*This page discusses a class of topological groups. For the wrapped loop of wire, see Solenoid.*

Algebraic structure → Group theoryGroup theory |
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In mathematics, a **solenoid** is a compact connected topological space (i.e. a continuum) that may be obtained as the inverse limit of an inverse system of topological groups and continuous homomorphisms

where each is a circle and *f*_{i} is the map that uniformly wraps the circle for times () around the circle .^{[1]}^{: Ch. 2 Def. (10.12) }
This construction can be carried out geometrically in the three-dimensional Euclidean space **R**^{3}. A solenoid is a one-dimensional homogeneous indecomposable continuum that has the structure of an abelian compact topological group.

Solenoids were first introduced by Vietoris for the case,^{[2]} and by van Dantzig the case, where is fixed.^{[3]} Such a solenoid arises as a one-dimensional **expanding attractor**, or **Smale–Williams attractor**, and forms an important example in the theory of hyperbolic dynamical systems.

Each solenoid may be constructed as the intersection of a nested system of embedded solid tori in **R**^{3}.

Fix a sequence of natural numbers {*n*_{i}}, *n*_{i} ≥ 2. Let *T*_{0} = *S*^{1} × *D* be a solid torus. For each *i* ≥ 0, choose a solid torus *T*_{i+1} that is wrapped longitudinally *n*_{i} times inside the solid torus *T*_{i}. Then their intersection

is homeomorphic to the solenoid constructed as the inverse limit of the system of circles with the maps determined by the sequence {*n*_{i}}.

Here is a variant of this construction isolated by Stephen Smale as an example of an **expanding attractor** in the theory of smooth dynamical systems. Denote the angular coordinate on the circle *S*^{1} by *t* (it is defined mod 2π) and consider the complex coordinate *z* on the two-dimensional unit disk *D*. Let *f* be the map of the solid torus *T* = *S*^{1} × *D* into itself given by the explicit formula

This map is a smooth embedding of *T* into itself that preserves the foliation by meridional disks (the constants 1/2 and 1/4 are somewhat arbitrary, but it is essential that 1/4 < 1/2 and 1/4 + 1/2 < 1). If *T* is imagined as a rubber tube, the map *f* stretches it in the longitudinal direction, contracts each meridional disk, and wraps the deformed tube twice inside *T* with twisting, but without self-intersections. The hyperbolic set *Λ* of the discrete dynamical system (*T*, *f*) is the intersection of the sequence of nested solid tori described above, where *T*_{i} is the image of *T* under the *i*th iteration of the map *f*. This set is a one-dimensional (in the sense of topological dimension) attractor, and the dynamics of *f* on *Λ* has the following interesting properties:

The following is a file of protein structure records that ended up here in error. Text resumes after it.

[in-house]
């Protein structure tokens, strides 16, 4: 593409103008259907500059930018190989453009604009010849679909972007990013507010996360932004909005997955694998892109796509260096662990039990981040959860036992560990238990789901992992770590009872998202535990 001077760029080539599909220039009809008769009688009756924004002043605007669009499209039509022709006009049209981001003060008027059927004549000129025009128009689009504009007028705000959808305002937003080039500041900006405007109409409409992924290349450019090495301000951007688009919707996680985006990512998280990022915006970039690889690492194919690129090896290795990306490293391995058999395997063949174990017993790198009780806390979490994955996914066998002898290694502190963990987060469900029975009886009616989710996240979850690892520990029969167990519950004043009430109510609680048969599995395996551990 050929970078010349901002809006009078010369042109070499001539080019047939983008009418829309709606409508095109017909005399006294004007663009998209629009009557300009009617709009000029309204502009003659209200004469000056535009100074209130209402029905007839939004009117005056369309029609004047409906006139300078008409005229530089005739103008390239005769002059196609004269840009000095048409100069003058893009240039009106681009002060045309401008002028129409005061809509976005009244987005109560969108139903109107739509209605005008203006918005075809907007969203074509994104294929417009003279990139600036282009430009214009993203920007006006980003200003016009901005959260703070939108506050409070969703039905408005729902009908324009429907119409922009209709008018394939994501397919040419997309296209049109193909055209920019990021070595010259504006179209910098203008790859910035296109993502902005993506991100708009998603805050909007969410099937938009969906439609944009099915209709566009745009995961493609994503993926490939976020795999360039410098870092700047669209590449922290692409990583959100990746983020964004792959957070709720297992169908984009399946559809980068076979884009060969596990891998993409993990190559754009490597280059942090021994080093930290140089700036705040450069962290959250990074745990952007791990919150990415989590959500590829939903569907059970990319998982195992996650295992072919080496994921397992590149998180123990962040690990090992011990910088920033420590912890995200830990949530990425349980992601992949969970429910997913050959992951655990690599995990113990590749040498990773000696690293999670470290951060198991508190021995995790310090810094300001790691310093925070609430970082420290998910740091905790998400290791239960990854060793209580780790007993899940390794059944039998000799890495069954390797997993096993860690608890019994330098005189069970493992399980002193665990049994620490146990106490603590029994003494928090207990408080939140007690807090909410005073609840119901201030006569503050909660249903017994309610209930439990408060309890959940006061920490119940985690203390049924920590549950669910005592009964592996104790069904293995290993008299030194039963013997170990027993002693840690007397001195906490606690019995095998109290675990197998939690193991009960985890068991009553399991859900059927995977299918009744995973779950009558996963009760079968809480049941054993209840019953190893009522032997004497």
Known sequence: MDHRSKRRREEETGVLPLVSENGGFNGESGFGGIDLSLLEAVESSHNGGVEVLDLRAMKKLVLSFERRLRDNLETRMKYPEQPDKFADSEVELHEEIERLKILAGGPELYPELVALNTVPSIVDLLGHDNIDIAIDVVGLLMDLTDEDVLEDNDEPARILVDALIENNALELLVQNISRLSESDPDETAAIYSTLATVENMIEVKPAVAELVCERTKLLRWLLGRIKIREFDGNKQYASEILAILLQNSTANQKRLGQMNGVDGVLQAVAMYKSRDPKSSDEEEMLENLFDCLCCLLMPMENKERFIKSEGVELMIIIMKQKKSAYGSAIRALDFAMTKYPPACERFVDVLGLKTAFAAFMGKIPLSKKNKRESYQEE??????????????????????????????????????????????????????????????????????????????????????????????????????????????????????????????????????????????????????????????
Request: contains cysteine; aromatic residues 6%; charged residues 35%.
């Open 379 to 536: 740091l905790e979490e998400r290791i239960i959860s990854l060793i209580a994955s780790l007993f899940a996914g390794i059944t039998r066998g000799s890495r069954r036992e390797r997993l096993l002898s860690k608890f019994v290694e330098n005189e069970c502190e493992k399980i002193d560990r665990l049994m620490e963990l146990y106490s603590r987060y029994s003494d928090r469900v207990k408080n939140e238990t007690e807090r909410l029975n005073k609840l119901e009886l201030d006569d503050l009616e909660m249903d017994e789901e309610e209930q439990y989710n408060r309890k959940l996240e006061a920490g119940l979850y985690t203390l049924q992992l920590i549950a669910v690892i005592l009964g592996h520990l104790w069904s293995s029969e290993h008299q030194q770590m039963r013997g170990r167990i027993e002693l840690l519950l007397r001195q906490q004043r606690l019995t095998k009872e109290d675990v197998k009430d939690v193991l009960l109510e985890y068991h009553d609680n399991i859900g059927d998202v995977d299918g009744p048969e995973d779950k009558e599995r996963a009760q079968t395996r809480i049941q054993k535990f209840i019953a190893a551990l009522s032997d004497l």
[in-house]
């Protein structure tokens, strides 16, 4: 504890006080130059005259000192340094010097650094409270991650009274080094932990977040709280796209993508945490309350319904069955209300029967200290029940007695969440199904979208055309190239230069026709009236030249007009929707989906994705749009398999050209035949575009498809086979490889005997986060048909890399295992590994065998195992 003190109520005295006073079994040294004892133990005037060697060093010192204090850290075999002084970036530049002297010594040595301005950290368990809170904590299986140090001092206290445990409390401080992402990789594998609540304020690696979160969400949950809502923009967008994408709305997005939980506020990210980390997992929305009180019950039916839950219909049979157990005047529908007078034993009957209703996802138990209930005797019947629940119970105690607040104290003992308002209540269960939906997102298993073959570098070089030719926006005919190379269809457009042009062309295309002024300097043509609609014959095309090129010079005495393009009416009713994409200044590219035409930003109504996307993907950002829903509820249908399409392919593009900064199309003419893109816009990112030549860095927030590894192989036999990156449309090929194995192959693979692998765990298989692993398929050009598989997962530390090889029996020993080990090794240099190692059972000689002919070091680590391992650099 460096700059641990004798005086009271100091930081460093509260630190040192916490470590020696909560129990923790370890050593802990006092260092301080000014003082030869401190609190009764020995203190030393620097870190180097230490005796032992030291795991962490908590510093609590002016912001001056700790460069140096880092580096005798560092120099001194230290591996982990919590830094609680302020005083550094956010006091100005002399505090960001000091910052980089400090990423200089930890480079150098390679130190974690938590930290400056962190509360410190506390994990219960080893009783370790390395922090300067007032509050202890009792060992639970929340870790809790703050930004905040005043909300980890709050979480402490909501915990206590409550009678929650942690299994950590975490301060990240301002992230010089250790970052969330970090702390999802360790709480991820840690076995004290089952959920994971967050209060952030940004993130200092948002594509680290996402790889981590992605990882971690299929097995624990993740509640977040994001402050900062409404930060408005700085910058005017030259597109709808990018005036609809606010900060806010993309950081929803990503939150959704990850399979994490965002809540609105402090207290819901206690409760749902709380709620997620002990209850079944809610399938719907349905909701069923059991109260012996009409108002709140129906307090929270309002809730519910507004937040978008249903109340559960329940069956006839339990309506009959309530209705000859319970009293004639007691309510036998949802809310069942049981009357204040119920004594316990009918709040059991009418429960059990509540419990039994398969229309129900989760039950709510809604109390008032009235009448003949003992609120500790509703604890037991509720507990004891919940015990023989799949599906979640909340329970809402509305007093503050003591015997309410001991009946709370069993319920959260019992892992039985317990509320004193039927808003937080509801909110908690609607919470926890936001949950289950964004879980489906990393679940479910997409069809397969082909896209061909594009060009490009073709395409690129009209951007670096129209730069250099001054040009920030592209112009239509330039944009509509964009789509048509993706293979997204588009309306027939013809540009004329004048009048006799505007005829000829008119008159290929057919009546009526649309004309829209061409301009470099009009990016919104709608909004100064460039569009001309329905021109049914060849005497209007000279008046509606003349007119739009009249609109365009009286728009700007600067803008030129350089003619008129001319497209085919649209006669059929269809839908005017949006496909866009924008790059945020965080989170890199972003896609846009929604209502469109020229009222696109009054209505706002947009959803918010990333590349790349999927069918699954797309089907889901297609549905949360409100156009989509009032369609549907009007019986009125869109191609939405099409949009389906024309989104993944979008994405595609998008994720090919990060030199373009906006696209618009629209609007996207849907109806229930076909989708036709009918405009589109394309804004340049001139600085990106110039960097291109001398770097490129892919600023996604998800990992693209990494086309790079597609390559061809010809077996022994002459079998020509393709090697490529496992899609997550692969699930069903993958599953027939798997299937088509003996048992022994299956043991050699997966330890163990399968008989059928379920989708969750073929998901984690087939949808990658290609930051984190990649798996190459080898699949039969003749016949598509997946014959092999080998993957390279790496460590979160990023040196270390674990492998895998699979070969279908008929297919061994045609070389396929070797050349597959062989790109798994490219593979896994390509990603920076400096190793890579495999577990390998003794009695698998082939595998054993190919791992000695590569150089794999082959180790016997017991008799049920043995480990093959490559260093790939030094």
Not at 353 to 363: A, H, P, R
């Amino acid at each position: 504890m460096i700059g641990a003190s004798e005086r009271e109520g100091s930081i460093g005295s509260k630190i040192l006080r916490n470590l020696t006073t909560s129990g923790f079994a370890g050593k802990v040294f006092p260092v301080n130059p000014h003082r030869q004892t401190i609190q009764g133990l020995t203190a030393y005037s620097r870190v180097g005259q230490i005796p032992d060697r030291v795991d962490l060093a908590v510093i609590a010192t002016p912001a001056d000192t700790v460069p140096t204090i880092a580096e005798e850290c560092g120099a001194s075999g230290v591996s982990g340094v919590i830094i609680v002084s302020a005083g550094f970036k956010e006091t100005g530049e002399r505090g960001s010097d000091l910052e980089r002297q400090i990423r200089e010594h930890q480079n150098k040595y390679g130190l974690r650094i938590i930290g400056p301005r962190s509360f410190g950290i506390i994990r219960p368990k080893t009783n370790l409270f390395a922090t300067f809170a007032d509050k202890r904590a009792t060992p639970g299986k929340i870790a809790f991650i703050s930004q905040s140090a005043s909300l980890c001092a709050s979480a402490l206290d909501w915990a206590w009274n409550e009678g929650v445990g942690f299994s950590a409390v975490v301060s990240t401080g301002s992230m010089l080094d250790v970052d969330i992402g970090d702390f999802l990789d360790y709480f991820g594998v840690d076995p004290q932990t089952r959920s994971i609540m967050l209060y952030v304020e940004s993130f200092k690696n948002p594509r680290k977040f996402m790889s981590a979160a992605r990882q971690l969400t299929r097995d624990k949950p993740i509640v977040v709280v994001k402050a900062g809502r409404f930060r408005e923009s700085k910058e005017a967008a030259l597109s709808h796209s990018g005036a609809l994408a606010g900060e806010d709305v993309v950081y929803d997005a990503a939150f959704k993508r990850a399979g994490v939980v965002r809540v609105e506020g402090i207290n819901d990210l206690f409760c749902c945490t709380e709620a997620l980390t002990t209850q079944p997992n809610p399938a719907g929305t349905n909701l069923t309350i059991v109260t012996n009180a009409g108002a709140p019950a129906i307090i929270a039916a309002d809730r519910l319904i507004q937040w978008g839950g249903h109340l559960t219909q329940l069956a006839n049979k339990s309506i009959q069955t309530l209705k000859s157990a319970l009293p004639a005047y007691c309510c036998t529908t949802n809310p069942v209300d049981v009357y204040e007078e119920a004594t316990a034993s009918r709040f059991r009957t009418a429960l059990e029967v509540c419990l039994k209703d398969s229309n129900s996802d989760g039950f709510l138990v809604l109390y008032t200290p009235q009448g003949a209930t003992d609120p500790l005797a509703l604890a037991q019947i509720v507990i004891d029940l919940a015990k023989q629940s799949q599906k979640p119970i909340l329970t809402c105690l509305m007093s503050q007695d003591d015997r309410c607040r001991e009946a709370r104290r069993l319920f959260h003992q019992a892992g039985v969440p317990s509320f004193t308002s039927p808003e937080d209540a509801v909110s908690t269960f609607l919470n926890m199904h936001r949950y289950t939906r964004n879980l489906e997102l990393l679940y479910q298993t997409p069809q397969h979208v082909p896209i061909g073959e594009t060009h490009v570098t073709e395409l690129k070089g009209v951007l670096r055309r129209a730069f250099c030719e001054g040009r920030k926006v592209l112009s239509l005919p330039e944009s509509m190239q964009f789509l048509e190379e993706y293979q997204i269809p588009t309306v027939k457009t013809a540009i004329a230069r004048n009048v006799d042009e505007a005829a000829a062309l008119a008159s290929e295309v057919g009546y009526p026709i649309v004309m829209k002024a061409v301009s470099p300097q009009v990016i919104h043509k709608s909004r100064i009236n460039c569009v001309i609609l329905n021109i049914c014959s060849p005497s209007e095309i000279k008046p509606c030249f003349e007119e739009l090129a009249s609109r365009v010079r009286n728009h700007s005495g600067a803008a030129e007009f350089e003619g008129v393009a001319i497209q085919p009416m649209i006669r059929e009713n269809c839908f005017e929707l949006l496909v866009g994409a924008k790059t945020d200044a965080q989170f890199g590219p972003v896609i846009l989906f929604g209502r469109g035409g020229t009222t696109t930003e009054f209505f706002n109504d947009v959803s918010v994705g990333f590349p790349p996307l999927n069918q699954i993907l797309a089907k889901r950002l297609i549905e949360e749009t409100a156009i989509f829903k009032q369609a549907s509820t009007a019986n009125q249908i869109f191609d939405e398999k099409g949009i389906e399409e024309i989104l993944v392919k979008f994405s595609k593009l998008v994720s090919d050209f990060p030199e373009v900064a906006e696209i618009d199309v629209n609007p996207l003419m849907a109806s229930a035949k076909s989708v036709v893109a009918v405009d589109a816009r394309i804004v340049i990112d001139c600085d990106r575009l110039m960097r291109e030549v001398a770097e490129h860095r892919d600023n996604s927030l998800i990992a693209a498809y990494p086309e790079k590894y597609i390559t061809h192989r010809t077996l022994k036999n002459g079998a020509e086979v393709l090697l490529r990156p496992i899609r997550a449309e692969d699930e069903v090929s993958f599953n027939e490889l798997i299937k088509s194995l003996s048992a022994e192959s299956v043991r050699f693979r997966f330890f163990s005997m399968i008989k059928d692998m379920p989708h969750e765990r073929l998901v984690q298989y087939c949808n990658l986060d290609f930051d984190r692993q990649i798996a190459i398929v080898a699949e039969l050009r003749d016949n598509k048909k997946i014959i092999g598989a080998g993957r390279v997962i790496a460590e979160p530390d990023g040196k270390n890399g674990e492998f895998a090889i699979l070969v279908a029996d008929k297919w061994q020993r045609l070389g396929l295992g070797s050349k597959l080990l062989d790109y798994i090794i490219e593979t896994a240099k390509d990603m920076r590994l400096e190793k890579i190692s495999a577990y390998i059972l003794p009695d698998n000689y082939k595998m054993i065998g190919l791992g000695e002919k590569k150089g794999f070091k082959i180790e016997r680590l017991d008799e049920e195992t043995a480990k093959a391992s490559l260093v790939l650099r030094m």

- meridional disks are the stable manifolds, each of which intersects
*Λ*over a Cantor set - periodic points of
*f*are dense in*Λ* - the map
*f*is topologically transitive on*Λ*

General theory of solenoids and expanding attractors, not necessarily one-dimensional, was developed by R. F. Williams and involves a projective system of infinitely many copies of a compact branched manifold in place of the circle, together with an expanding self-immersion.

In the toroidal coordinates with radius , the solenoid can be parametrized by as

where

Here, are adjustable shape-parameters, with constraint . In particular, works.

Let be the solenoid constructed this way, then the topology of the solenoid is just the subset topology induced by the Euclidean topology on .

Since the parametrization is bijective, we can pullback the topology on to , which makes itself the solenoid. This allows us to construct the inverse limit maps explicitly:

Viewed as a set, the solenoid is just a Cantor-continuum of circles, wired together in a particular way. This suggests to us the construction by symbolic dynamics, where we start with a circle as a "racetrack", and append an "odometer" to keep track of which circle we are on.

Define as the solenoid. Next, define addition on the odometer , in the same way as p-adic numbers. Next, define addition on the solenoid by

The topology on the solenoid is generated by the basis containing the subsets , where is any open interval in , and is the set of all elements of starting with the initial segment .

Solenoids are compact metrizable spaces that are connected, but not locally connected or path connected. This is reflected in their pathological behavior with respect to various homology theories, in contrast with the standard properties of homology for simplicial complexes. In Čech homology, one can construct a non-exact long homology sequence using a solenoid. In Steenrod-style homology theories,^{[4]} the 0th homology group of a solenoid may have a fairly complicated structure, even though a solenoid is a connected space.